Fury as no one will stand trial over 2012 Legionnaires outbreak that killed four in Edinburgh

The proceedings have been dropped against final two firms.

Friday, 15th November 2019, 6:00 am
Updated Friday, 15th November 2019, 7:29 am
Catherine McDonald wants those responsible held to account

A BEREAVED partner has been left devastated on being told no firm will be prosecuted over the Capital’s Legionnaires outbreak of 2012.

The deadly disease claimed four lives including labourer Bert Air and left 92 ill yet the source remains a mystery despite a seven-year probe.

Mr Air’s partner of 12 years, Catherine McDonald, has been notified that proceedings against two firms scheduled to start this month have been dropped by the Crown.

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Bert Air died in June 2012

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“I want somebody to put their hand up and say ‘sorry, it was us, we apologise for what’s happened.’

“To my knowledge, there’s a young lad out there in his 30s who’s still suffering from the actual after effects of legionnaires.

“Give the money to him, he needs it, not us. I’ve lost my partner, I can’t bring him back but he does, he needs a life.”

Mr Air, 56, came home ill from a building site in Gorgie with a suspected chest infection but was rushed to hospital by his frantic partner as fear gripped the city over the outbreak.

Just 12 hours later, he died surrounded by family after suffering a massive heart attack as his body tried to battle the disease.

“I don’t want this brushed under the carpet"

“I think if things had been reversed and it’d be me he’d still be fighting and wanting answers,” said Ms McDonald, who still keeps his ashes on the mantelpiece at home.

“I don’t want this brushed under the carpet. Is there a big secret somewhere they don’t want us to know?

“I can’t be the only one. The other people affected and other people who died, don’t tell me they don’t want answers because I don’t believe it.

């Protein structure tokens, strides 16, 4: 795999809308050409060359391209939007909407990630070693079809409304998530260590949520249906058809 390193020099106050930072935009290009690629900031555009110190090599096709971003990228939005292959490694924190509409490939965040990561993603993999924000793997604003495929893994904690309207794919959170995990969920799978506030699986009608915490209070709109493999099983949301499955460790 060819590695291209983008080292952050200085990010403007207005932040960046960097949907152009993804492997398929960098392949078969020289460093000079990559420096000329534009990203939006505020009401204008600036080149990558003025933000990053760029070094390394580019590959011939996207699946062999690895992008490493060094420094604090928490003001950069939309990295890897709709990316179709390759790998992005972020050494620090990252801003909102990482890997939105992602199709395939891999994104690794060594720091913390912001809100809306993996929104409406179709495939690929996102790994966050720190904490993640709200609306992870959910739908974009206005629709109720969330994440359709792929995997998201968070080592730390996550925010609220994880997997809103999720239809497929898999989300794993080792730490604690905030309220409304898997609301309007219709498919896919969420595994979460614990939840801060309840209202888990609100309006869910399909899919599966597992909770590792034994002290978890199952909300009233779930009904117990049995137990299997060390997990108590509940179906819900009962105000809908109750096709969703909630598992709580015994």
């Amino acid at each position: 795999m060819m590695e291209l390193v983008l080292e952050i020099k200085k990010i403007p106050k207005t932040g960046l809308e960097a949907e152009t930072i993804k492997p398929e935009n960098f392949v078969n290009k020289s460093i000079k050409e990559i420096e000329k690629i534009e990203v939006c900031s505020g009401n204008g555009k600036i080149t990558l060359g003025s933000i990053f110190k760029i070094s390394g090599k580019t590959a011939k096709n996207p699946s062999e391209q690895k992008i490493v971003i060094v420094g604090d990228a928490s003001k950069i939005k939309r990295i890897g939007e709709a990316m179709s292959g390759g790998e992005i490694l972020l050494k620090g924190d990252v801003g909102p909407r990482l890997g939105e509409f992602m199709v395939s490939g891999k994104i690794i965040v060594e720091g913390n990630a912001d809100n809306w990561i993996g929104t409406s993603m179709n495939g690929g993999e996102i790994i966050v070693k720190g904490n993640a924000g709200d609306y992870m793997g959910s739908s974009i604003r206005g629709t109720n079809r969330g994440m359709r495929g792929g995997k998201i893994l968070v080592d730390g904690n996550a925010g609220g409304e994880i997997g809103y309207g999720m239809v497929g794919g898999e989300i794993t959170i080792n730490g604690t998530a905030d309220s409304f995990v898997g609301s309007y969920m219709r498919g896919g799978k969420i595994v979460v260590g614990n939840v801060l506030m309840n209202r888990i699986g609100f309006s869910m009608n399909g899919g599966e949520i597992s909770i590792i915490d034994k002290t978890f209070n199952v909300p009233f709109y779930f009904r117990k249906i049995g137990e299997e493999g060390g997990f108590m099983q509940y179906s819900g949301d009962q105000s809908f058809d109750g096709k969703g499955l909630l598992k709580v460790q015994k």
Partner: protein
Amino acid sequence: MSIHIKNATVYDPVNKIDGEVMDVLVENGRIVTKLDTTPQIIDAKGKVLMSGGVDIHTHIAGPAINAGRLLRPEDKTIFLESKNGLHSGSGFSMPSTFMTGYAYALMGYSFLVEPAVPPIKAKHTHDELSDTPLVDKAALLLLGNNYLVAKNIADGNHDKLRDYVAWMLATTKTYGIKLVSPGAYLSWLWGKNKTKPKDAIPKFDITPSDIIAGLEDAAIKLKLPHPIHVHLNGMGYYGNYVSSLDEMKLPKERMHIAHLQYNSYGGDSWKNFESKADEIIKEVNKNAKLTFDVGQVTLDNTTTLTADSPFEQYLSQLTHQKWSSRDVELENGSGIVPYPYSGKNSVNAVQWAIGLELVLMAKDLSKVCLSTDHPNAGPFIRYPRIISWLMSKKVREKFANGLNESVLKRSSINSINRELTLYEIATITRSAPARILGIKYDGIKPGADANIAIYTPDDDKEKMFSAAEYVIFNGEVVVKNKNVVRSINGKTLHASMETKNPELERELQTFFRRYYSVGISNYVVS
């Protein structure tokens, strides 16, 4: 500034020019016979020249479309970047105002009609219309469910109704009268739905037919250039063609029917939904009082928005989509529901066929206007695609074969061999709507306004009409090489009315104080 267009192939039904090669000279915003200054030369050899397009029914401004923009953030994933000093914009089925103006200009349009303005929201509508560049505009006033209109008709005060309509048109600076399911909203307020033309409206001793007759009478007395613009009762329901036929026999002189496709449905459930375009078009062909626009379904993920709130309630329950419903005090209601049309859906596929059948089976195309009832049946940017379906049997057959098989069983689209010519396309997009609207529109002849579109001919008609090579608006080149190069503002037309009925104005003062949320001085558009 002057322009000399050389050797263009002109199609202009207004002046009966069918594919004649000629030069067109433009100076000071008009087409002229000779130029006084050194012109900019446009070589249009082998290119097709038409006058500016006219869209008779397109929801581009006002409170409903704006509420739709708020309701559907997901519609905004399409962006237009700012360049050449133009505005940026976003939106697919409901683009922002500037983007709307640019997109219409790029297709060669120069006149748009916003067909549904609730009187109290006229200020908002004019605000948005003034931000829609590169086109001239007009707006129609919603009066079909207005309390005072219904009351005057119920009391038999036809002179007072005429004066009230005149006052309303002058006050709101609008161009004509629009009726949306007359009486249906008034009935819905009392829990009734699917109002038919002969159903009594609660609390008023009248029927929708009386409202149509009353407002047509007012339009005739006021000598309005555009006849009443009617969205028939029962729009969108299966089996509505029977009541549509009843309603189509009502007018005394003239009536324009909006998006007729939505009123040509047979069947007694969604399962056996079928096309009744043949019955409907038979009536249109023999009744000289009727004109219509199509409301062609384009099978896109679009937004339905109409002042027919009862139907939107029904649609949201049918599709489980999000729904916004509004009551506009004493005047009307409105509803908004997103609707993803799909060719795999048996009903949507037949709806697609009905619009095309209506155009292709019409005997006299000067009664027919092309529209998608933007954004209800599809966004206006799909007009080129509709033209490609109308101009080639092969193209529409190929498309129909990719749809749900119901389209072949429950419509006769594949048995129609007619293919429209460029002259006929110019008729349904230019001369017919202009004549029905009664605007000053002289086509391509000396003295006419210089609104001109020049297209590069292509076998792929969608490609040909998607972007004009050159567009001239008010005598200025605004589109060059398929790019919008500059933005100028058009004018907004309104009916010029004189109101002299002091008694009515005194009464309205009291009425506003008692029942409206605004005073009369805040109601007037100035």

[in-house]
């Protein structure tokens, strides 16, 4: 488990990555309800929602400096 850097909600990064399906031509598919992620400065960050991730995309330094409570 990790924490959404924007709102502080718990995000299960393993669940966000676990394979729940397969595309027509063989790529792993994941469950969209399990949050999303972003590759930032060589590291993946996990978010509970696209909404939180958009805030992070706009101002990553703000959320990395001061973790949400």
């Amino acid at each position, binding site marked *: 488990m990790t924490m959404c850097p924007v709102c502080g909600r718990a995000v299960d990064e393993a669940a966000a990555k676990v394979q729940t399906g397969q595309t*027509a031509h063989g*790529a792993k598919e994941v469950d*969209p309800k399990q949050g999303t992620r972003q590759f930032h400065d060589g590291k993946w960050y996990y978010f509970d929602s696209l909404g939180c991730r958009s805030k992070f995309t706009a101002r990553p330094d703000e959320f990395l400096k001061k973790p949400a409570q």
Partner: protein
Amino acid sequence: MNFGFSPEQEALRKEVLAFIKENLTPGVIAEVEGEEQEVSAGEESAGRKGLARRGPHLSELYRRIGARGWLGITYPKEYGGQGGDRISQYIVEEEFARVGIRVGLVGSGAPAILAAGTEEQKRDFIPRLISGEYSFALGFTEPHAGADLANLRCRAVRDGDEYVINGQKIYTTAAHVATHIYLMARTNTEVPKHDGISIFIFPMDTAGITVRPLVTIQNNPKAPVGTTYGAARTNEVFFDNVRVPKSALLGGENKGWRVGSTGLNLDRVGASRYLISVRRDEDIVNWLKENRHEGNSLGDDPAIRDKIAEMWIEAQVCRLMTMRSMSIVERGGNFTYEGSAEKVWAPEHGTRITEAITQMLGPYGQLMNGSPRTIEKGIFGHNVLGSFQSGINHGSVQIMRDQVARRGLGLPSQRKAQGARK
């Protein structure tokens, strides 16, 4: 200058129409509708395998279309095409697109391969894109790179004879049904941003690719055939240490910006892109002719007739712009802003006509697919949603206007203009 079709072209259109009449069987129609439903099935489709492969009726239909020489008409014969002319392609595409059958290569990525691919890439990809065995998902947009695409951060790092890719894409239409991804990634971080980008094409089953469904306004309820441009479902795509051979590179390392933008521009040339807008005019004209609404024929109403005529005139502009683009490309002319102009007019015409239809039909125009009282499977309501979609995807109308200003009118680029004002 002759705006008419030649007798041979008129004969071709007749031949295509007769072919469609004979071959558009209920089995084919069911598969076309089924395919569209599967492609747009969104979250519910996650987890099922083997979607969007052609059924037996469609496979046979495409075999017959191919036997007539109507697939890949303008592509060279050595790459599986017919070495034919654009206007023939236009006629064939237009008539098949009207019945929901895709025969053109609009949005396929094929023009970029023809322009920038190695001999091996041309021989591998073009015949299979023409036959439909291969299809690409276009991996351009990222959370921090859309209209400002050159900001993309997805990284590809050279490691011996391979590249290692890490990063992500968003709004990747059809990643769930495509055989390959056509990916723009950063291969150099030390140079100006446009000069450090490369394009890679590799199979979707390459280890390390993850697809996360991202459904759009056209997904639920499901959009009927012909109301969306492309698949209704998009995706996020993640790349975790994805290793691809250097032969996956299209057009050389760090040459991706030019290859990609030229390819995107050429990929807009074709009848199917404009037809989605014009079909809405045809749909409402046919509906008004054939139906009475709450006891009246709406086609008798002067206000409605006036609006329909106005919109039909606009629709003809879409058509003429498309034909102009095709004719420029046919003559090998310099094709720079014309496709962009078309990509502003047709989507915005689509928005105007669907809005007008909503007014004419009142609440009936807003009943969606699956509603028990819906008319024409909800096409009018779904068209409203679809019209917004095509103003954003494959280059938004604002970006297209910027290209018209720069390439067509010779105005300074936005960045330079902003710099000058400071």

“Those who are still alive who had it will be affected by it all their lives because it attacks their lungs.”

Mr Air’s surviving two sisters and brother also want answers, while his mum Hannah never recovered from the loss of her “blue-eyed boy” dying six months after him.

“Hopefully it’ll never ever happen again but who’s to say it won’t?” asked Ms McDonald. “I actually wanted to stand up in the middle of court and say look I’m the one who’s been affected talk to me. Let me tell you how I feel.

“His brother phoned me last night absolutely fuming. It’s making matters worse as he’s actually got cancer and going through chemo at the moment.”

It spreads through the breathing in of droplets of contaminated water, and is not contagious.

The other victims of the outbreak to lose their lives were John Lonnie, Sean Ferguson and Sylvia Riddell - all with links to Dalry, Gorgie and Saughton

The Crown confirmed that proceedings have now been dropped against Ashland Industries UK Limited and MacFarlan Smith Limited.

Proceedings against three other firms, North British Distillery Company Limited, Pera Services Limited and Chemtech Consultancy Limited, ended last year when not guilty pleas were accepted.

A Crown Office spokesman: “It is the duty of the Crown to keep cases under review and after full and careful consideration of the facts and circumstances of the case, including the available admissible evidence, Crown Counsel decided that there should be no further proceedings.”